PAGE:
Indigenous leaders look to new N.W.T. MLAs to repair frayed relationship
Group discusses funding and future of decision-making in the territory
Leaders of two Indigenous governments are hoping a new N.W.T. Legislative Assembly will be a fresh start in the North — and an opportunity to repair a frayed relationship.
"This assembly, I think, has a lot of work to do to rebuild trust and respect with the Indigenous organizations because it really fell off the table," said Duane Smith, chair of the Inuvialuit Regional Corporation, at a meeting with Indigenous government leaders and territorial MLAs on Thursday.
He said his group had tried similar meetings with sitting premiers and found little success, which is why he was glad to speak with legislators before they settle in to the next session.
This assembly is made up of mostly fresh faces — 12 out of the 19 MLAs are about to sit their first term — and for the first time, almost half are women.
Smith added that ever since the Inuvialuit Final Agreement was signed, his corporation has been butting heads with territorial authorities.
"We got a problem with this government — not only the previous one, but for 35 years — where we have had to constantly raise our rights."
At the roundtable, held at Yellowknife's Tree of Peace centre, leaders demanded to be involved in the writing of new legislation and called for the territorial government to make sure its employees understand their treaties and land-claim agreements.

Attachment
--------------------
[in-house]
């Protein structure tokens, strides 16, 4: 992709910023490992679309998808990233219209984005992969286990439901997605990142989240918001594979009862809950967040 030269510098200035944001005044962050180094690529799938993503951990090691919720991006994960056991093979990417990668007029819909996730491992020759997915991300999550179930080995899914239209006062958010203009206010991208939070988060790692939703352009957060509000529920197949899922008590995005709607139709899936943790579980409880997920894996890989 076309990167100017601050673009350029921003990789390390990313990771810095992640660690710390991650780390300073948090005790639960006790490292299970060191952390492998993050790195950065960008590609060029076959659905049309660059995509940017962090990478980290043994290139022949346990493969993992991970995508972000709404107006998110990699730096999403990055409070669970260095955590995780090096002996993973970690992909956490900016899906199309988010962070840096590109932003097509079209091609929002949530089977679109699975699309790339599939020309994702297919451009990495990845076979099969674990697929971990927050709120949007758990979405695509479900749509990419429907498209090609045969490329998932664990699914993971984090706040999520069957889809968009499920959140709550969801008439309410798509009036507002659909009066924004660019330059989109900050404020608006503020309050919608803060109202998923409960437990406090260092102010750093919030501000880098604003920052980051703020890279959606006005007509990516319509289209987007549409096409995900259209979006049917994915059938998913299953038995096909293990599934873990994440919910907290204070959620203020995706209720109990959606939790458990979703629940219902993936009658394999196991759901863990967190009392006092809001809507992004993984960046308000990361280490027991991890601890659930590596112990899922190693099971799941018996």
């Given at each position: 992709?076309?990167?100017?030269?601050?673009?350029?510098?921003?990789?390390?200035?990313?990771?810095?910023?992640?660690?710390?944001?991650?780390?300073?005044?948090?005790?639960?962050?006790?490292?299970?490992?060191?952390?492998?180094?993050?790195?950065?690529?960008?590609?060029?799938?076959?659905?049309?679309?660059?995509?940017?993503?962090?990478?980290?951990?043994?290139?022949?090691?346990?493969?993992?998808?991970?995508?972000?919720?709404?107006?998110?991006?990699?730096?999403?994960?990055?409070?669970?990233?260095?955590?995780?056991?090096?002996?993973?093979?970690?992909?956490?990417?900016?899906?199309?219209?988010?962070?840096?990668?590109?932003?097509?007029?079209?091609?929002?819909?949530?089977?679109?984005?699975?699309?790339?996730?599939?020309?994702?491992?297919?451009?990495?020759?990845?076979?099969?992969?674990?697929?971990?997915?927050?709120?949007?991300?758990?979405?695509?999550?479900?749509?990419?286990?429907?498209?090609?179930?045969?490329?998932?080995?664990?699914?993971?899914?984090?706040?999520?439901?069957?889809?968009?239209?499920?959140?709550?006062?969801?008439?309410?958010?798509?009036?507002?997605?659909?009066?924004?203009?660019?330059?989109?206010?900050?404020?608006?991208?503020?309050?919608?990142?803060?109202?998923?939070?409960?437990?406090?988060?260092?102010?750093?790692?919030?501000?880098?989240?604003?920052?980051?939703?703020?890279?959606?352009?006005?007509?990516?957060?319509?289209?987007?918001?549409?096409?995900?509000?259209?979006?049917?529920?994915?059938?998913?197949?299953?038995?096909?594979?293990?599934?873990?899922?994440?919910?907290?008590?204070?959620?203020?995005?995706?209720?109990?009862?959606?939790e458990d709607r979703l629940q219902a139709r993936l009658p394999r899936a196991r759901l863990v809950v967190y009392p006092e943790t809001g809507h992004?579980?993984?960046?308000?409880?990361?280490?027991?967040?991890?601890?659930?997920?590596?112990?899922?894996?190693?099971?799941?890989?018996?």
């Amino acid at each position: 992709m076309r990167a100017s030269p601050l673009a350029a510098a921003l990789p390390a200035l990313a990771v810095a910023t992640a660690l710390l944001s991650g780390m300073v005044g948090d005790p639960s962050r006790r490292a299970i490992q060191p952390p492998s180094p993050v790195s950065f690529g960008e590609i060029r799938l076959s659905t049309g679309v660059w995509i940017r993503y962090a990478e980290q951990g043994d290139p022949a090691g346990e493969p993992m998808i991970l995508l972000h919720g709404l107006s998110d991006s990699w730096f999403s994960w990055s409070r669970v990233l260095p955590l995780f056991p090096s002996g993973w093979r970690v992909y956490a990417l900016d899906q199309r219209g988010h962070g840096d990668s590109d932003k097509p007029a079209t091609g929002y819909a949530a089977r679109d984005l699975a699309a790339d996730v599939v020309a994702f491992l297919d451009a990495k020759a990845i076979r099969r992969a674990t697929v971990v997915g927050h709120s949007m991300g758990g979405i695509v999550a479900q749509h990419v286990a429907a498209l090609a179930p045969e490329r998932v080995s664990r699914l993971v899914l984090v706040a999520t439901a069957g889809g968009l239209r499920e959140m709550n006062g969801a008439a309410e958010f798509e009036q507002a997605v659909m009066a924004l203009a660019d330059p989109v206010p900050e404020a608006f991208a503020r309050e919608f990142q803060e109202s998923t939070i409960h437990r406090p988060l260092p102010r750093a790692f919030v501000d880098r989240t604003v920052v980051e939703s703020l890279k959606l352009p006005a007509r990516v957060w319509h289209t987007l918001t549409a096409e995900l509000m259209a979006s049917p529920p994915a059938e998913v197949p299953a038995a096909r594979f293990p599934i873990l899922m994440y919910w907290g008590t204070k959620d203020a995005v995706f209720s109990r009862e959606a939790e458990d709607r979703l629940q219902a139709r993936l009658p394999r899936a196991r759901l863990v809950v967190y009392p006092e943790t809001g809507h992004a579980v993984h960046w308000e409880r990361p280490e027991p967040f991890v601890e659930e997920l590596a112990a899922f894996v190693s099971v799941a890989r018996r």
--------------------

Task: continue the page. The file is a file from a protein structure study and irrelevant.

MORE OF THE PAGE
Smith also called for a change in how the territorial government approaches funding issues. He said in the past, it had "resisted" a working relationship, and at times opposed funding to the Inuvialuit Regional Corporation, telling federal officials that "funding should go directly to the GNWT [government of the Northwest Territories]."
We got a problem with this government. - Duane Smith, IRC
He pointed to some of the gains he said his organization had achieved working with the federal government's Inuit Crown Partnership Committee, including $36 million for one year to support his region on issues like language, suicide prevention, and health.
"I was reluctant to say some of these things we've achieved with the federal government because we've seen the GNWT run to Ottawa on a consistent basis trying to get the funding taken away from us," he said.
Bobbie Jo Greenland-Morgan, president of the Gwich'in Tribal Council, called for more funding for language, as well as for cultural heritage staff and Indigenous knowledge keepers.
"We need to work together to revisit how the funding gets to our communities," she said.
MLAs ready for fresh start
Jackson Lafferty, who represents Monfwi, said a new government is an opportunity to rebuild trust.
Lafferty, who was the Speaker in his previous term, said he saw communication break down in the last session.
He called for more regular meetings with Indigenous leaders and said senior bureaucrats should be in communities more often to get to know Indigenous issues.
"We as elected officials can do our part, but we need our senior staff to do their part as well," he said.
Toward the end of her briefing, Greenland-Morgan quoted former premier Bob McLeod, who she said once stated, "Indigenous peoples are not just part of decision making in the N.W.T. ... we are the decision makers."
"I really like that statement … but if the action from the territorial government doesn't support that statement, then it's just words."